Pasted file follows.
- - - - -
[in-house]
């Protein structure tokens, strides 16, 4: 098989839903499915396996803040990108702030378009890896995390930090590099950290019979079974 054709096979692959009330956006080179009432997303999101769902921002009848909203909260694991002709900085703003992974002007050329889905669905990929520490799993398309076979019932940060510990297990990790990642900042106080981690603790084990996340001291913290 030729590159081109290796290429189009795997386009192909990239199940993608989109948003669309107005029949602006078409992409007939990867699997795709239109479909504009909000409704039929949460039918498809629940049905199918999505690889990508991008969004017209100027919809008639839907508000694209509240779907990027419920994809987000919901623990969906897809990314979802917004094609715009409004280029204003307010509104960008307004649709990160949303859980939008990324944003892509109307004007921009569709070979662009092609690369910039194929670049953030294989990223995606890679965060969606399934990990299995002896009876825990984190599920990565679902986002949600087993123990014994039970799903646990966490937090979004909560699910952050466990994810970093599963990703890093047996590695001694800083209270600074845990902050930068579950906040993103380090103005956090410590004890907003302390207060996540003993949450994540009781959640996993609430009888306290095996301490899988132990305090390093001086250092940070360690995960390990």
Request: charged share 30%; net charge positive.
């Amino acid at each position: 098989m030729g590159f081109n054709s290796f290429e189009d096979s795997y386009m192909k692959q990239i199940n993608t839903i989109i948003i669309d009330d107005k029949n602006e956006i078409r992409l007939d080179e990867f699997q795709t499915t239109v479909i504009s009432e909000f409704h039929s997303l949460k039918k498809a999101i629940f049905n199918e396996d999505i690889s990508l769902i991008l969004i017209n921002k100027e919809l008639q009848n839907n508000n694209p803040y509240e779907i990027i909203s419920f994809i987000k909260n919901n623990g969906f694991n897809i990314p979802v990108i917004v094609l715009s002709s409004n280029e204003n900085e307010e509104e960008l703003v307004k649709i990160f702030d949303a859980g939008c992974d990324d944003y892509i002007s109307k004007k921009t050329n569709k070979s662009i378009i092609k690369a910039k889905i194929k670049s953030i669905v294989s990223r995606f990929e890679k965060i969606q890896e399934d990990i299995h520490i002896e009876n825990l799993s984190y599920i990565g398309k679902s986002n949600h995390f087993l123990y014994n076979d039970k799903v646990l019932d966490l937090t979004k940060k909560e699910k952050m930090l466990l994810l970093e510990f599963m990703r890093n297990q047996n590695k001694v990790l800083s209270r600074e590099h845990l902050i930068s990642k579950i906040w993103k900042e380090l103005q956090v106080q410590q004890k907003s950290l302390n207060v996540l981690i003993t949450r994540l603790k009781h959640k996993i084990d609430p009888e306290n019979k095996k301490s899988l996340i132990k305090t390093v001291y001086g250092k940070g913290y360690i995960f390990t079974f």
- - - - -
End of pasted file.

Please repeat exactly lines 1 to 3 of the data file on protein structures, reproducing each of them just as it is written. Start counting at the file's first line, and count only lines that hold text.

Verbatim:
[in-house]
């Protein structure tokens, strides 16, 4: 098989839903499915396996803040990108702030378009890896995390930090590099950290019979079974 054709096979692959009330956006080179009432997303999101769902921002009848909203909260694991002709900085703003992974002007050329889905669905990929520490799993398309076979019932940060510990297990990790990642900042106080981690603790084990996340001291913290 030729590159081109290796290429189009795997386009192909990239199940993608989109948003669309107005029949602006078409992409007939990867699997795709239109479909504009909000409704039929949460039918498809629940049905199918999505690889990508991008969004017209100027919809008639839907508000694209509240779907990027419920994809987000919901623990969906897809990314979802917004094609715009409004280029204003307010509104960008307004649709990160949303859980939008990324944003892509109307004007921009569709070979662009092609690369910039194929670049953030294989990223995606890679965060969606399934990990299995002896009876825990984190599920990565679902986002949600087993123990014994039970799903646990966490937090979004909560699910952050466990994810970093599963990703890093047996590695001694800083209270600074845990902050930068579950906040993103380090103005956090410590004890907003302390207060996540003993949450994540009781959640996993609430009888306290095996301490899988132990305090390093001086250092940070360690995960390990």
Request: charged share 30%; net charge positive.